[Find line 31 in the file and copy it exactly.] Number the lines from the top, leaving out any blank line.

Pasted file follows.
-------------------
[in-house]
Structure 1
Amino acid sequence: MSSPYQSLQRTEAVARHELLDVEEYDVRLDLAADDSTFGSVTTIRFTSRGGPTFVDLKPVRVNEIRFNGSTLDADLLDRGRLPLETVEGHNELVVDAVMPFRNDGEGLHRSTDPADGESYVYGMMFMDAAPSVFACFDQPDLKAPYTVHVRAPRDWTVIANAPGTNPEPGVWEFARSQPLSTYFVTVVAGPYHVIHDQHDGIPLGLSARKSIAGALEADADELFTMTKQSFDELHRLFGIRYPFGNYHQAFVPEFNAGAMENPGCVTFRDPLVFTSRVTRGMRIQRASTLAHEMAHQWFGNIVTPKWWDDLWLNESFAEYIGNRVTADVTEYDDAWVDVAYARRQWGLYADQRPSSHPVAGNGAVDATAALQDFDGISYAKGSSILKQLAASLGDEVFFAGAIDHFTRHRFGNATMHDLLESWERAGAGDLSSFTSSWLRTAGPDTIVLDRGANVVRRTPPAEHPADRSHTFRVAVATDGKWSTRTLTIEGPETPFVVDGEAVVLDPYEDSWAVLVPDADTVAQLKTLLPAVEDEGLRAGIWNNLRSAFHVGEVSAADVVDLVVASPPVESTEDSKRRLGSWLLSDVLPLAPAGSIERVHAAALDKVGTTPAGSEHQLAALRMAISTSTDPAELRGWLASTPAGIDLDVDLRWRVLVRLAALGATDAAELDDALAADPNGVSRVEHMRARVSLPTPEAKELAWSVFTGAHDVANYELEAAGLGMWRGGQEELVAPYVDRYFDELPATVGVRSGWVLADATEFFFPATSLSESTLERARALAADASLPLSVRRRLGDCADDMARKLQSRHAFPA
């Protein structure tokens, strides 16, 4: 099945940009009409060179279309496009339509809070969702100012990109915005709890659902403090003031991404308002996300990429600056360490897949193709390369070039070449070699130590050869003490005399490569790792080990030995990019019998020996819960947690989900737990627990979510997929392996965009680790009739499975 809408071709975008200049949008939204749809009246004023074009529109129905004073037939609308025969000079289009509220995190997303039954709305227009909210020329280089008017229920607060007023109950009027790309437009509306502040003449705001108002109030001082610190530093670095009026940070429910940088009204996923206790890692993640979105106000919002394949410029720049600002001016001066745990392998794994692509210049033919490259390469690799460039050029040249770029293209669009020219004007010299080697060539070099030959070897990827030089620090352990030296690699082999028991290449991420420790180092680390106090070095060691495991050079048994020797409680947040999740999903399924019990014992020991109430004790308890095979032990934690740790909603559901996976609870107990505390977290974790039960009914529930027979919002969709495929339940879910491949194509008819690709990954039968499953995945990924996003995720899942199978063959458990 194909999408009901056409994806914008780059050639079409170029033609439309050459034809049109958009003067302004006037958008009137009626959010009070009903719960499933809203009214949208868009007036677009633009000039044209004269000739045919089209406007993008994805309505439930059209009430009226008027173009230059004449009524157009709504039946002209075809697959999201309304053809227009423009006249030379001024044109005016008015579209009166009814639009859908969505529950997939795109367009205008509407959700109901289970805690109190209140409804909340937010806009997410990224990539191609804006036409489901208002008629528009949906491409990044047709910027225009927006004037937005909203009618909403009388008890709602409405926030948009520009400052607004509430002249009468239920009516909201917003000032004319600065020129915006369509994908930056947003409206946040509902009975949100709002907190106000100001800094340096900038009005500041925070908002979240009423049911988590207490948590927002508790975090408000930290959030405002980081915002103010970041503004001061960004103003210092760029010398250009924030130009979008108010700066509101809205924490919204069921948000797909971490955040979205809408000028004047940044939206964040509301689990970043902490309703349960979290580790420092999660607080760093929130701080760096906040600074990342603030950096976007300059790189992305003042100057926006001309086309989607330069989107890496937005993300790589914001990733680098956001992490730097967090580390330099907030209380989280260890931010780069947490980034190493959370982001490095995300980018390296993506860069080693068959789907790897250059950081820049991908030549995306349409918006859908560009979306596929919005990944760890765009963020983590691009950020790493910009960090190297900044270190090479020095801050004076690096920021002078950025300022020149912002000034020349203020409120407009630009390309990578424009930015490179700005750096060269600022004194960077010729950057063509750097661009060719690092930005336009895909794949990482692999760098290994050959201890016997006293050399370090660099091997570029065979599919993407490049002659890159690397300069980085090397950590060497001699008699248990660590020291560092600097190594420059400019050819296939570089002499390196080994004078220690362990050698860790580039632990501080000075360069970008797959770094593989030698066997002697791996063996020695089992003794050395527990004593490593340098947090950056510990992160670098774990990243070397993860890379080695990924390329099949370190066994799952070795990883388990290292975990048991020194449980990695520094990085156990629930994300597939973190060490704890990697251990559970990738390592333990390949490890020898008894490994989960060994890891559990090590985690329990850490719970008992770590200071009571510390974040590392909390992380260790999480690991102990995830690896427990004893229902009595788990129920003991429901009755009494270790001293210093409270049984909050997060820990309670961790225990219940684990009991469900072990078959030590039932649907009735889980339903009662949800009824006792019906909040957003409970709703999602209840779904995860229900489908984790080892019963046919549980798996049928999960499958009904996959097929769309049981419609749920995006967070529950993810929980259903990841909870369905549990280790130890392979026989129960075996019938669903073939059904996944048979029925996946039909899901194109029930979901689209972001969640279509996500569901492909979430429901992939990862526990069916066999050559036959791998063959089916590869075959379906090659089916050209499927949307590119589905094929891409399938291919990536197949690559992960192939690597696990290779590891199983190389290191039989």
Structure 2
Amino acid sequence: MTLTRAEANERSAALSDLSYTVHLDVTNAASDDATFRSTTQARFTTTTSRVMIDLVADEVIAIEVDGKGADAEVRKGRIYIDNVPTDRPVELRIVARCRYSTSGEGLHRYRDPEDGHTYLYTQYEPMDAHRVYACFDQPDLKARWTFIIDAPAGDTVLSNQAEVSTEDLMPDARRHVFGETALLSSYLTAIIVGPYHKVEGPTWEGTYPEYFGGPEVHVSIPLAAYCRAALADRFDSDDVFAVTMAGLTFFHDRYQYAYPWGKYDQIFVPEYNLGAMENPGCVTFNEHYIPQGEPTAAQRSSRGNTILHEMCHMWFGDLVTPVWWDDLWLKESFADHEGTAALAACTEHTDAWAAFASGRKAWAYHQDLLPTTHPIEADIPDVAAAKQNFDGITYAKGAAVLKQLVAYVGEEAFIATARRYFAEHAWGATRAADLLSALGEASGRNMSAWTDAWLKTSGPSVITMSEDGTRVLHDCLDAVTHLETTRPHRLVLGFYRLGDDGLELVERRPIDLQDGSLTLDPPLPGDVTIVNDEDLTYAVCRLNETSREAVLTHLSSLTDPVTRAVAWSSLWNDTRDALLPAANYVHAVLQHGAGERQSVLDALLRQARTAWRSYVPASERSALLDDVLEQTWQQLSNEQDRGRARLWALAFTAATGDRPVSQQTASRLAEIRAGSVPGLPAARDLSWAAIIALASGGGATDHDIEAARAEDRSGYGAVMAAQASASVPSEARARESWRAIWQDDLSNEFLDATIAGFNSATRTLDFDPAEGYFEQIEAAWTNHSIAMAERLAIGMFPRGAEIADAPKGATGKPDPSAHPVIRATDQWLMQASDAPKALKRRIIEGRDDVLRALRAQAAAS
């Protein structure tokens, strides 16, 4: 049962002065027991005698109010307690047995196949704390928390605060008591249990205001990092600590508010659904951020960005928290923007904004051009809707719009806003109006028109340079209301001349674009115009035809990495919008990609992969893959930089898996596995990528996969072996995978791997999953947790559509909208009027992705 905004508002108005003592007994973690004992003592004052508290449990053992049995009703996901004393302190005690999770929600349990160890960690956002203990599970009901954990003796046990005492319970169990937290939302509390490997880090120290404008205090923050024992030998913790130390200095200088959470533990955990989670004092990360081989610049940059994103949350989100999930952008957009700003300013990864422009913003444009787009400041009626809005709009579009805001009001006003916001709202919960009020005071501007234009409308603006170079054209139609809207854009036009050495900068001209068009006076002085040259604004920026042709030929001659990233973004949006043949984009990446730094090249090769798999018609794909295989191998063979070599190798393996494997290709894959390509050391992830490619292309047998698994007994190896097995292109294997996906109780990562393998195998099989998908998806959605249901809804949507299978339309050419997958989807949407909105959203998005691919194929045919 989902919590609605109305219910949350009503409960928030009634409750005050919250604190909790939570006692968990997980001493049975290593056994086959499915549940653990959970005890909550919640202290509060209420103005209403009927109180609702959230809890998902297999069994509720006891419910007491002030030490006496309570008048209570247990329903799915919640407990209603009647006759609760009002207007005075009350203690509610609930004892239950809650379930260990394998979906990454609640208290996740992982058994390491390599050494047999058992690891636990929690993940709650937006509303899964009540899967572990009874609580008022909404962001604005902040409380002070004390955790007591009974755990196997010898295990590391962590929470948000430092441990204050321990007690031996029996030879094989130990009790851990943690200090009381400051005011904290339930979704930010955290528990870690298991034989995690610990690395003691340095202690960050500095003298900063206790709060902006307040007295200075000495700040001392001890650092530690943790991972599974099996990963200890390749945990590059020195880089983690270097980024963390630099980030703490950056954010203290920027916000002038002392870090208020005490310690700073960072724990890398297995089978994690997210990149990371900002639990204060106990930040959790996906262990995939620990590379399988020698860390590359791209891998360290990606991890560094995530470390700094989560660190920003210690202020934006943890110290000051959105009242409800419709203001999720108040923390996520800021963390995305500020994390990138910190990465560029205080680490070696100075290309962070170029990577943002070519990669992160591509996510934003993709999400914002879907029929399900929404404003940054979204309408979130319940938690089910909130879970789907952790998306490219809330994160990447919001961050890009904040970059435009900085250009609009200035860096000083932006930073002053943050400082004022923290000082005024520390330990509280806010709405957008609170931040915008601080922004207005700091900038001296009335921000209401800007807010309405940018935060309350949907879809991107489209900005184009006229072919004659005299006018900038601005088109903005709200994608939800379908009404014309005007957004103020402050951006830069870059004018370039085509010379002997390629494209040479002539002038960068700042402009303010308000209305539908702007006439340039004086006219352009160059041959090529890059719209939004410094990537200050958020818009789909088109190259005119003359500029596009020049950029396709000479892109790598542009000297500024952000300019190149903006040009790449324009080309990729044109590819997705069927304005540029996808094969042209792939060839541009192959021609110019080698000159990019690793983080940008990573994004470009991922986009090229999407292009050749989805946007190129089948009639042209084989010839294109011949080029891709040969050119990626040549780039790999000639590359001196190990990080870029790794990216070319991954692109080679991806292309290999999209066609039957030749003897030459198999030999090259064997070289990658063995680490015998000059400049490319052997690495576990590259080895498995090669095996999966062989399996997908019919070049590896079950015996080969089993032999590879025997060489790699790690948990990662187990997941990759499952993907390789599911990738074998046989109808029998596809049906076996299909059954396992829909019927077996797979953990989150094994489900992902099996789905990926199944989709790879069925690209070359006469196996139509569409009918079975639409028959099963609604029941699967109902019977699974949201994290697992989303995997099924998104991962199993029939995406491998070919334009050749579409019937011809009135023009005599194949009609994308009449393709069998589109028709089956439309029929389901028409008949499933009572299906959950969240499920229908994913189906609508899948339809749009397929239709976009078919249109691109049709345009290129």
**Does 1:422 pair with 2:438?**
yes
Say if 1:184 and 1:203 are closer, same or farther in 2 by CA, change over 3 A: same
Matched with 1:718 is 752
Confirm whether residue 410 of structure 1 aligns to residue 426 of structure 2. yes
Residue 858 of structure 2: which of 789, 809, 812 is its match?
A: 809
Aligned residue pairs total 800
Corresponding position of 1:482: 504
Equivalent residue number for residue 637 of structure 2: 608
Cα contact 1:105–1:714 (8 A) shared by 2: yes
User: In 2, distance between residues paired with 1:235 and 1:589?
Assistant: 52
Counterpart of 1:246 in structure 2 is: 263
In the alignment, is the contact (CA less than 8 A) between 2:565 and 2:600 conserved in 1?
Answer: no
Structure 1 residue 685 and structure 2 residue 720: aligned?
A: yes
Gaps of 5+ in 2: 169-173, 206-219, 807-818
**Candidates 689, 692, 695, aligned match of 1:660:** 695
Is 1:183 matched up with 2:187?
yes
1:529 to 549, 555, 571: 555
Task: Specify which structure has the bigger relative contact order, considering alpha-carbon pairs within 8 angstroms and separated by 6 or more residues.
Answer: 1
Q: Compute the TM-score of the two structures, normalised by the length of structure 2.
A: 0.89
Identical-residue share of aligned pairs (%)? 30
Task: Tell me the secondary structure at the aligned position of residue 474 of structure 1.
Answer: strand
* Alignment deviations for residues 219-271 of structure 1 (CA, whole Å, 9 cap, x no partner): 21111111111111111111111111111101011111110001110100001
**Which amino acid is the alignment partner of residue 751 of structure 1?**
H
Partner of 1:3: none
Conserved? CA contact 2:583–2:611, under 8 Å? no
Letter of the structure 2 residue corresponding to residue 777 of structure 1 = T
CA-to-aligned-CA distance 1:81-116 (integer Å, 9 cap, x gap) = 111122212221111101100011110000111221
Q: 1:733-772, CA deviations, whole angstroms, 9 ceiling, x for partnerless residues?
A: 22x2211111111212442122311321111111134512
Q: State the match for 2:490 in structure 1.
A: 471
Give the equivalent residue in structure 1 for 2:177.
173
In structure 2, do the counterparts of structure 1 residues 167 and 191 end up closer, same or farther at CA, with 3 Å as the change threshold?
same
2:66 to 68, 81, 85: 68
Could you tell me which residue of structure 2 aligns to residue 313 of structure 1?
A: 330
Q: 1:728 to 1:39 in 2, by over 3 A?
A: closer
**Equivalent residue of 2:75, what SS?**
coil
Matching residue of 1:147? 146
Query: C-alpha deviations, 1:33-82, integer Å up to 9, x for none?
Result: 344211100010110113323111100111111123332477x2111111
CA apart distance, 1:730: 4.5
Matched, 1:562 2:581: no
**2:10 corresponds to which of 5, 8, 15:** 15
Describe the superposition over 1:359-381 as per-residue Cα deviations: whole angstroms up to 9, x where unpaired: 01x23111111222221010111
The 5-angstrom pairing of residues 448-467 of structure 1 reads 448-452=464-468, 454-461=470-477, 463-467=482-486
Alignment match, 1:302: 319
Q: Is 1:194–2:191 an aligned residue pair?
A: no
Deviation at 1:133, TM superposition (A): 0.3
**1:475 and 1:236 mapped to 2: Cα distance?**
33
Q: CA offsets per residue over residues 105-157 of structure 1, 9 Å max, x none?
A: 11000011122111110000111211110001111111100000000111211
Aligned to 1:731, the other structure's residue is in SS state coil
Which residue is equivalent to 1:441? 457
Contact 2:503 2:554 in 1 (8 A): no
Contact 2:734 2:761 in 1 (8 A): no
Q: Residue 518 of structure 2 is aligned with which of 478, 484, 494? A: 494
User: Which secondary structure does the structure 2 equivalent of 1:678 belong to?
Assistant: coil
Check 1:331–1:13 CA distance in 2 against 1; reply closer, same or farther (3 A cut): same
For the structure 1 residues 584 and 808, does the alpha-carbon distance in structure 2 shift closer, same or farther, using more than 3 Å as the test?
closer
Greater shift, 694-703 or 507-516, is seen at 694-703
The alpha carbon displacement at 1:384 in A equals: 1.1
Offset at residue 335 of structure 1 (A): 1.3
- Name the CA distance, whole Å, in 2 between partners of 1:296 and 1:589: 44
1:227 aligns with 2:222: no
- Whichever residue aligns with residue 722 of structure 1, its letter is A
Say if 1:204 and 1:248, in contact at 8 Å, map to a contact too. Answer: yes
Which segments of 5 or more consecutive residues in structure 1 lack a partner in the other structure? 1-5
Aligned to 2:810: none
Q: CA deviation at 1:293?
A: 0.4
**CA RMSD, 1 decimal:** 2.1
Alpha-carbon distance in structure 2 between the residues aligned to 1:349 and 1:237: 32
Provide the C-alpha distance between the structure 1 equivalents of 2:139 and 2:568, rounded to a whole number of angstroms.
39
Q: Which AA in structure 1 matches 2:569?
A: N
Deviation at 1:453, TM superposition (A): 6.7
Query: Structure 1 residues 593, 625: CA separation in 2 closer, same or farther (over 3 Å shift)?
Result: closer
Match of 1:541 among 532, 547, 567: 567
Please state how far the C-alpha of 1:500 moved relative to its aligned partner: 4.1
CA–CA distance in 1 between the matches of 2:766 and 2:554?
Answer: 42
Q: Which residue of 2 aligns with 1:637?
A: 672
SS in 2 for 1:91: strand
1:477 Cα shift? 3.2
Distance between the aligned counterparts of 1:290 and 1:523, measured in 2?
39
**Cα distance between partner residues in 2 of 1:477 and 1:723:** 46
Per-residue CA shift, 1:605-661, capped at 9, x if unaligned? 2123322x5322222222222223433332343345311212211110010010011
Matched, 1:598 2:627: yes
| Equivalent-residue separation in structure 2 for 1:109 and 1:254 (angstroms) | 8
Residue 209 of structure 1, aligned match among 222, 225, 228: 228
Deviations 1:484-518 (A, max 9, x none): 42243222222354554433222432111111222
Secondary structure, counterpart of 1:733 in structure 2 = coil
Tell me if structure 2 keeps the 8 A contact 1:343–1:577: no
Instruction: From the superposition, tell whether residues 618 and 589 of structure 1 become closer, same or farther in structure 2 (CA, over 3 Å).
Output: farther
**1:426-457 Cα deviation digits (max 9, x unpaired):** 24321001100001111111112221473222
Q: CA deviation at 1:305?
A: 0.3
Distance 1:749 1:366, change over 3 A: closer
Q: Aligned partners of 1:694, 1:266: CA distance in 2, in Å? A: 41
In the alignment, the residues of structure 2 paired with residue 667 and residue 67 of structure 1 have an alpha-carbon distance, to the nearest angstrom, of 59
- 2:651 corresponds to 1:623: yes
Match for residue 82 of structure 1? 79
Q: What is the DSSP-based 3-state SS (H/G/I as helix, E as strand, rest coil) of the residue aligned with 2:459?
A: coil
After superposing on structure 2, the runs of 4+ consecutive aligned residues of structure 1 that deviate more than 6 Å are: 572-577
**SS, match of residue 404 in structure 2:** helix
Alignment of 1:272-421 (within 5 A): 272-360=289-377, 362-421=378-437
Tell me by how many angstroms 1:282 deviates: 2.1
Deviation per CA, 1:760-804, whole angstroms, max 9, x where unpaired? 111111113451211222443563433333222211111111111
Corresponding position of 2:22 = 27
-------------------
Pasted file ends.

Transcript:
Task: Specify which structure has the bigger relative contact order, considering alpha-carbon pairs within 8 angstroms and separated by 6 or more residues.